Saturday, March 31, 2012

How do I report human trafficking?

Eye Investigate

If a child is in urgent need of assistance, contact law enforcement or child protective services to report abuse, neglect, or exploitation of a child. The Childhelp® National Child Abuse Hotline professional crisis counselors can connect a caller with a local number to report abuse. Contact Childhelp at 1.800.4.A.CHILD. (1.800.422.4453). 
The National Center for Missing & Exploited Children® (NCMEC) aims to prevent child abduction and sexual exploitation; help find missing children; and assist victims of child abduction and sexual exploitation, their families, and the professionals who serve them. Contact NCMEC at 1.800.THE.LOST (1.800.843.5678). 

The HHS-funded National Human Trafficking Resource Center (NHTRC) operates a hotline 24 hours a day, every day. The NHTRC will help callers identify and coordinate with local organizations that protect and serve victims of trafficking. Contact the NHTRC at 1.888.3737.888. 

Or call Monique Lessan @ 707-395-0215/858-568-4972
or email:

Sunday, March 18, 2012

Friends and Fans of Monique Lessan: 

We are HONORED to have her speaking at this very important conference being held for a very important cause. Please take a moment to view this short vid about it, and if you think it's as important as Monique and I do, then please pass it on.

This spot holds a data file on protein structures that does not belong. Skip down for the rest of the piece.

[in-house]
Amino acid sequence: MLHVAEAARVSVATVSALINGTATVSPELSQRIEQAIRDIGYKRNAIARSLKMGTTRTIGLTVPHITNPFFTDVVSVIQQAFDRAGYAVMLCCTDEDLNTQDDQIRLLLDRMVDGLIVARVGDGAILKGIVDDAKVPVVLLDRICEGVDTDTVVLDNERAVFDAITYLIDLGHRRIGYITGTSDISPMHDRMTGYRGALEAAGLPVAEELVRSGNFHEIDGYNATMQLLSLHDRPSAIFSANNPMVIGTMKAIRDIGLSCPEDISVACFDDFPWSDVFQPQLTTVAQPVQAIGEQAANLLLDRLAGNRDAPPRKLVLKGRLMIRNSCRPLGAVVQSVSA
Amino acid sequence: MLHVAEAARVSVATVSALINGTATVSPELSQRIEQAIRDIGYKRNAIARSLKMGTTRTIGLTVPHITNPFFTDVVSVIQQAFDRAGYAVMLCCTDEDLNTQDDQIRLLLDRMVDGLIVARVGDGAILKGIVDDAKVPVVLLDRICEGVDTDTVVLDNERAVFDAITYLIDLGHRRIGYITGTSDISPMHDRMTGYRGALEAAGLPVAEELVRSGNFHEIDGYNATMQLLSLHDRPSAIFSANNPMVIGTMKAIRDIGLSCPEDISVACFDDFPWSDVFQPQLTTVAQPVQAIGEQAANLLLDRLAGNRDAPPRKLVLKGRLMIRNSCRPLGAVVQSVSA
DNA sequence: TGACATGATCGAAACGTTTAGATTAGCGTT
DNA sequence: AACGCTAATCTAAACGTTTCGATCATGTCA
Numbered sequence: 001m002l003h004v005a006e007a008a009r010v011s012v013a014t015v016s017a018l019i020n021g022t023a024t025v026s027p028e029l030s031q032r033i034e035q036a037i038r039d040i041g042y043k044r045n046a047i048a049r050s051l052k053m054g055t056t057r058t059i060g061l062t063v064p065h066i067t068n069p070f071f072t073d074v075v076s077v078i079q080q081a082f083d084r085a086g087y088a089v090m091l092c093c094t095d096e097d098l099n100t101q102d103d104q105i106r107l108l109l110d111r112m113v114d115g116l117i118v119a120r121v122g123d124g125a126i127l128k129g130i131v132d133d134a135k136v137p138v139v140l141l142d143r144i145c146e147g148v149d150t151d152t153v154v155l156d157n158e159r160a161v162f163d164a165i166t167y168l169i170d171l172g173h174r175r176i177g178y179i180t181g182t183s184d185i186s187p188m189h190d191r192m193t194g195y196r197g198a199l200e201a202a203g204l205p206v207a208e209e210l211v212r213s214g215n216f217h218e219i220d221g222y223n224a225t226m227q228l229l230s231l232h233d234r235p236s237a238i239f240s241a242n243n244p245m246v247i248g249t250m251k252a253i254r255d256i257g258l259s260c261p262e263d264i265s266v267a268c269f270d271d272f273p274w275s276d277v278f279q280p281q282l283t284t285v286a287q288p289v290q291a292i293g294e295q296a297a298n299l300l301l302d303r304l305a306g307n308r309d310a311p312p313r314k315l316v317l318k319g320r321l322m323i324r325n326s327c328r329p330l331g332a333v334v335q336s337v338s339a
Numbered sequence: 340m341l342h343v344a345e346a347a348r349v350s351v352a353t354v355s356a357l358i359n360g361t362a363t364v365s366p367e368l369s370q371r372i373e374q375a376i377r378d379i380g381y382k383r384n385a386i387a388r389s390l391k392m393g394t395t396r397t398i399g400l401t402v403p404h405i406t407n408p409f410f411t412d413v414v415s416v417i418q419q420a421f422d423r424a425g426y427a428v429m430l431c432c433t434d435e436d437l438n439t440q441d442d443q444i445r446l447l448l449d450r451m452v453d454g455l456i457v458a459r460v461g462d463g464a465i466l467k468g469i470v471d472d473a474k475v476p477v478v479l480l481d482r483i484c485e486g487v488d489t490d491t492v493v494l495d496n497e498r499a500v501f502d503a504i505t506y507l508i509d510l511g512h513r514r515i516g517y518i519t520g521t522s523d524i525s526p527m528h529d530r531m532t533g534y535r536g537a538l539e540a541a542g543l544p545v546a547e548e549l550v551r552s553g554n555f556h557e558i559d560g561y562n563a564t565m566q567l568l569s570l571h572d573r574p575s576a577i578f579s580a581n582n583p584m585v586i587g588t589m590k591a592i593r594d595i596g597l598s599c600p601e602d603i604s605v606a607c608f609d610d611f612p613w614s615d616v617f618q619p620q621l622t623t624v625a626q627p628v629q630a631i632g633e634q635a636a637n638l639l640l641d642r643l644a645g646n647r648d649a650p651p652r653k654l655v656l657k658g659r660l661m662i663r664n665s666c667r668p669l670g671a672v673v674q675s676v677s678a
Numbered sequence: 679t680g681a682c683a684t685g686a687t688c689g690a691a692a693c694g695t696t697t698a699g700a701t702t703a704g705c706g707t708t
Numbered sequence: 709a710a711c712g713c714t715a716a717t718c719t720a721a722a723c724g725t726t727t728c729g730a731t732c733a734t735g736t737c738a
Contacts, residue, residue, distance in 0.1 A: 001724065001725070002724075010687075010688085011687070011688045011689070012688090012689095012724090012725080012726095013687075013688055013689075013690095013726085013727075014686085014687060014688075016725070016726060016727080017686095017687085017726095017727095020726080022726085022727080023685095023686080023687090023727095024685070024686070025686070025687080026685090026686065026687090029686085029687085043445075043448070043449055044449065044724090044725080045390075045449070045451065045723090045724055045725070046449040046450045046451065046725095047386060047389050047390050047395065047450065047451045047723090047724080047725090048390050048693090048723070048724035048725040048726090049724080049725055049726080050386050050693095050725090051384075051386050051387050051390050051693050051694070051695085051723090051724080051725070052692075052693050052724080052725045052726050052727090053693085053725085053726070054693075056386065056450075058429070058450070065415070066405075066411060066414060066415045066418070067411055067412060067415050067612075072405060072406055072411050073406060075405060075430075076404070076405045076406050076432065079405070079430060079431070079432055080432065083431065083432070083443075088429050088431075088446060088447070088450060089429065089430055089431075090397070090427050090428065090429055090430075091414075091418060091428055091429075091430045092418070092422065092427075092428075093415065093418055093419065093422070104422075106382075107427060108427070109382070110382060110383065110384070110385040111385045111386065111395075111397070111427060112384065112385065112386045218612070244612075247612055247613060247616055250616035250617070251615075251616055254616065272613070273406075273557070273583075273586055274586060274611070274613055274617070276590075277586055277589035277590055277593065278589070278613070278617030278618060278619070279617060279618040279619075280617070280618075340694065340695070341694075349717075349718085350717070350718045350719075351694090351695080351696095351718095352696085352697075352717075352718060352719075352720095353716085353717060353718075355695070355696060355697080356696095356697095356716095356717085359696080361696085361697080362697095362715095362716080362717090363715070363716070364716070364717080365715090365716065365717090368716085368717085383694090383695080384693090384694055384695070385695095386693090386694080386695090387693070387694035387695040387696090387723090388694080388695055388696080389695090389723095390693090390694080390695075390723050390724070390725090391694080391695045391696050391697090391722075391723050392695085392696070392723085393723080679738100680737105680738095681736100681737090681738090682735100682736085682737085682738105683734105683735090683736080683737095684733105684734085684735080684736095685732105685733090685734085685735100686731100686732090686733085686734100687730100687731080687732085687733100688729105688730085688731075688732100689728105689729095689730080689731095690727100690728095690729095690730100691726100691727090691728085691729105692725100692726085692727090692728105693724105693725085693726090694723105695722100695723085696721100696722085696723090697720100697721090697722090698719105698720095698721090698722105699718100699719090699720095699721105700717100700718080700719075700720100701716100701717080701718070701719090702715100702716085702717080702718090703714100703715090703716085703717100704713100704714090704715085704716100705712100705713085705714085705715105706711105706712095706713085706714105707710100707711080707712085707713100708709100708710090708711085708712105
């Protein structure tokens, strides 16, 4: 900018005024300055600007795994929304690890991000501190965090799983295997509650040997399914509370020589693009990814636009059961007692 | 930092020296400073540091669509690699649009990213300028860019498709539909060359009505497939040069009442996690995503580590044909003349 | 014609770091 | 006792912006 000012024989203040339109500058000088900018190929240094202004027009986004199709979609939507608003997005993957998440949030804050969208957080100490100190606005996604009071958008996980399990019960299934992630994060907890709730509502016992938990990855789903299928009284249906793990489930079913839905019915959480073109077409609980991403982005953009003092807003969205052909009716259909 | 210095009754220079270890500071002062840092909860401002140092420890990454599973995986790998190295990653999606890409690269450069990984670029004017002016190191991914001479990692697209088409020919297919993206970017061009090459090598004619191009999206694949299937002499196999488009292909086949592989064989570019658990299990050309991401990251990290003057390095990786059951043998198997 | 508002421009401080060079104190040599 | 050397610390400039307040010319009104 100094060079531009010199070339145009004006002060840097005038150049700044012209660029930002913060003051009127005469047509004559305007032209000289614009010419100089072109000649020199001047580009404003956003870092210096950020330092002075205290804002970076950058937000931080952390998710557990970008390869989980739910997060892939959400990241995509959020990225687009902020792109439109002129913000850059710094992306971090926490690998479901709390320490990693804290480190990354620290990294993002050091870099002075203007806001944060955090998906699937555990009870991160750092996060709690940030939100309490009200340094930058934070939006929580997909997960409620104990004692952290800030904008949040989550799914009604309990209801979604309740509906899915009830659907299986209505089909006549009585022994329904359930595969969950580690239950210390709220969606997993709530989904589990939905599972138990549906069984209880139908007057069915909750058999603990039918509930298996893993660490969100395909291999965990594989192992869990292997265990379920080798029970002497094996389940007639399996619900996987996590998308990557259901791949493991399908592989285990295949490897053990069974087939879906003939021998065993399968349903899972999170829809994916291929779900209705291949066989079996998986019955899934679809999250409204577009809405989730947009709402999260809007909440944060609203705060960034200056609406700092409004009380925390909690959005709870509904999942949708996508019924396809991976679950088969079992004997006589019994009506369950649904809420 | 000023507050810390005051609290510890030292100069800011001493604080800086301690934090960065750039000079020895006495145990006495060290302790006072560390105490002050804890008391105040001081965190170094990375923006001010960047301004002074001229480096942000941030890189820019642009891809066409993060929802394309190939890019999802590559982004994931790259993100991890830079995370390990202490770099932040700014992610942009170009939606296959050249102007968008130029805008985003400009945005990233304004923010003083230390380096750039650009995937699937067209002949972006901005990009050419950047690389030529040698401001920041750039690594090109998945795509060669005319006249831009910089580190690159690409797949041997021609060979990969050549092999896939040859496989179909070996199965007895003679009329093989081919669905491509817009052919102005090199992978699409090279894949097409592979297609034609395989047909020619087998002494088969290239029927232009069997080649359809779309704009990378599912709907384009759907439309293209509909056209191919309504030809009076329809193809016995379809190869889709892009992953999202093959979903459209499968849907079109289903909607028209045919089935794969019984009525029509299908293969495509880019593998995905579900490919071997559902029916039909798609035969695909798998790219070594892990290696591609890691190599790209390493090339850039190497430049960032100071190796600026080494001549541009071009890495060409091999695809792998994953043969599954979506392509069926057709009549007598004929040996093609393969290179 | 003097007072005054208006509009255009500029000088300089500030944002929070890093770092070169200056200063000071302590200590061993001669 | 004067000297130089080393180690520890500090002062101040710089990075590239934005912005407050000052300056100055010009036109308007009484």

With many thanks, Patricia Women's Power Strategy Conference - March 24, 2012 San Domenico School, San Anselmo, CA

Female Private Investigator Monique Lessan

Female Private Investigator Monique Lessan

Child Slavery Today
27 million people worldwide are slaves.
8.4 million of them are children with the largest numbers in India, Pakistan, Bangladesh, and Nepal.
1.8 million children are forced into prostitution or pornography with the largest numbers in India, Brazil, Thailand, and the Philippines.
The average age of a girl forced into sexual slavery is 13.
A girl in a brothel is forced to service up to 20 clients a day.
Children as young as 5 years old are sold into sexual slavery and forced to work in brothels.
Each year 1.2 million more children are forced into slavery. That’s over 3,000 a day.
Child slaves are forced to work in prostitution, agriculture, domestic servitude, mines, rice mills, brick kilns, factories, rock quarries, and as soldiers.
Child slaves are often forced to work up to 15 hours a day.